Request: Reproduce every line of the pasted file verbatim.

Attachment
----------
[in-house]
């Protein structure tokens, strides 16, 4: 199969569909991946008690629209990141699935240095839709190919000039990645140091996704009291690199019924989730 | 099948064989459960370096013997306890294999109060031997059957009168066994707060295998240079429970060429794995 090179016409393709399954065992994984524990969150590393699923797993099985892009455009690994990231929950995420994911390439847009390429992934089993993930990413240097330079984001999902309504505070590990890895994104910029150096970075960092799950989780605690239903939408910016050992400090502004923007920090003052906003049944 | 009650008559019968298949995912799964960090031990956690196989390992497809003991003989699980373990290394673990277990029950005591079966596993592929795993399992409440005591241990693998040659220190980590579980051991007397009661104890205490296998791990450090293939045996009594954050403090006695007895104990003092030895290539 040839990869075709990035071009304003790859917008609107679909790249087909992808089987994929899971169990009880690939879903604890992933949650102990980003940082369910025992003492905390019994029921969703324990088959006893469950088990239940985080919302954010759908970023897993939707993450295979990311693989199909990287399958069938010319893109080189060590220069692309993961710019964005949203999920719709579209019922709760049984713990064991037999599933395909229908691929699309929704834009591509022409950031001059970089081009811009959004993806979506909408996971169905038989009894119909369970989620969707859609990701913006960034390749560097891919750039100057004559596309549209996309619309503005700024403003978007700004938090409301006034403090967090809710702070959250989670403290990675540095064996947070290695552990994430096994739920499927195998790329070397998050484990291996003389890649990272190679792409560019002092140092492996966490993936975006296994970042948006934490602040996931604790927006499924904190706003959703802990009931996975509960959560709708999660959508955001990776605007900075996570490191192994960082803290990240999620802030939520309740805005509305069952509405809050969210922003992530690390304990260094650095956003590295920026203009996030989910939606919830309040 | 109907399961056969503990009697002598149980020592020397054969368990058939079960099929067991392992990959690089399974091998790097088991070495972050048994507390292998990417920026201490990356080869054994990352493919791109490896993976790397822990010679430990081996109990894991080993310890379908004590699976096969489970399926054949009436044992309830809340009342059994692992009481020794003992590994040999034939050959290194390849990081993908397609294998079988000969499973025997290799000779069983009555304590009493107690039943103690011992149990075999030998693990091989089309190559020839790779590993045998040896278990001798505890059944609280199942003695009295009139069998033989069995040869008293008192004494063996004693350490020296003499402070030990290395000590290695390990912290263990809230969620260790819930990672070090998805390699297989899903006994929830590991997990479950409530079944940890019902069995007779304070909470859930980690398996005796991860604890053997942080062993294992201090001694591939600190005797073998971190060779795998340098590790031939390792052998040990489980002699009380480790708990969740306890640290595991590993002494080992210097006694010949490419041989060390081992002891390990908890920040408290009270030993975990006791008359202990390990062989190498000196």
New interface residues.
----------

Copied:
[in-house]
């Protein structure tokens, strides 16, 4: 199969569909991946008690629209990141699935240095839709190919000039990645140091996704009291690199019924989730 | 099948064989459960370096013997306890294999109060031997059957009168066994707060295998240079429970060429794995 090179016409393709399954065992994984524990969150590393699923797993099985892009455009690994990231929950995420994911390439847009390429992934089993993930990413240097330079984001999902309504505070590990890895994104910029150096970075960092799950989780605690239903939408910016050992400090502004923007920090003052906003049944 | 009650008559019968298949995912799964960090031990956690196989390992497809003991003989699980373990290394673990277990029950005591079966596993592929795993399992409440005591241990693998040659220190980590579980051991007397009661104890205490296998791990450090293939045996009594954050403090006695007895104990003092030895290539 040839990869075709990035071009304003790859917008609107679909790249087909992808089987994929899971169990009880690939879903604890992933949650102990980003940082369910025992003492905390019994029921969703324990088959006893469950088990239940985080919302954010759908970023897993939707993450295979990311693989199909990287399958069938010319893109080189060590220069692309993961710019964005949203999920719709579209019922709760049984713990064991037999599933395909229908691929699309929704834009591509022409950031001059970089081009811009959004993806979506909408996971169905038989009894119909369970989620969707859609990701913006960034390749560097891919750039100057004559596309549209996309619309503005700024403003978007700004938090409301006034403090967090809710702070959250989670403290990675540095064996947070290695552990994430096994739920499927195998790329070397998050484990291996003389890649990272190679792409560019002092140092492996966490993936975006296994970042948006934490602040996931604790927006499924904190706003959703802990009931996975509960959560709708999660959508955001990776605007900075996570490191192994960082803290990240999620802030939520309740805005509305069952509405809050969210922003992530690390304990260094650095956003590295920026203009996030989910939606919830309040 | 109907399961056969503990009697002598149980020592020397054969368990058939079960099929067991392992990959690089399974091998790097088991070495972050048994507390292998990417920026201490990356080869054994990352493919791109490896993976790397822990010679430990081996109990894991080993310890379908004590699976096969489970399926054949009436044992309830809340009342059994692992009481020794003992590994040999034939050959290194390849990081993908397609294998079988000969499973025997290799000779069983009555304590009493107690039943103690011992149990075999030998693990091989089309190559020839790779590993045998040896278990001798505890059944609280199942003695009295009139069998033989069995040869008293008192004494063996004693350490020296003499402070030990290395000590290695390990912290263990809230969620260790819930990672070090998805390699297989899903006994929830590991997990479950409530079944940890019902069995007779304070909470859930980690398996005796991860604890053997942080062993294992201090001694591939600190005797073998971190060779795998340098590790031939390792052998040990489980002699009380480790708990969740306890640290595991590993002494080992210097006694010949490419041989060390081992002891390990908890920040408290009270030993975990006791008359202990390990062989190498000196």
New interface residues.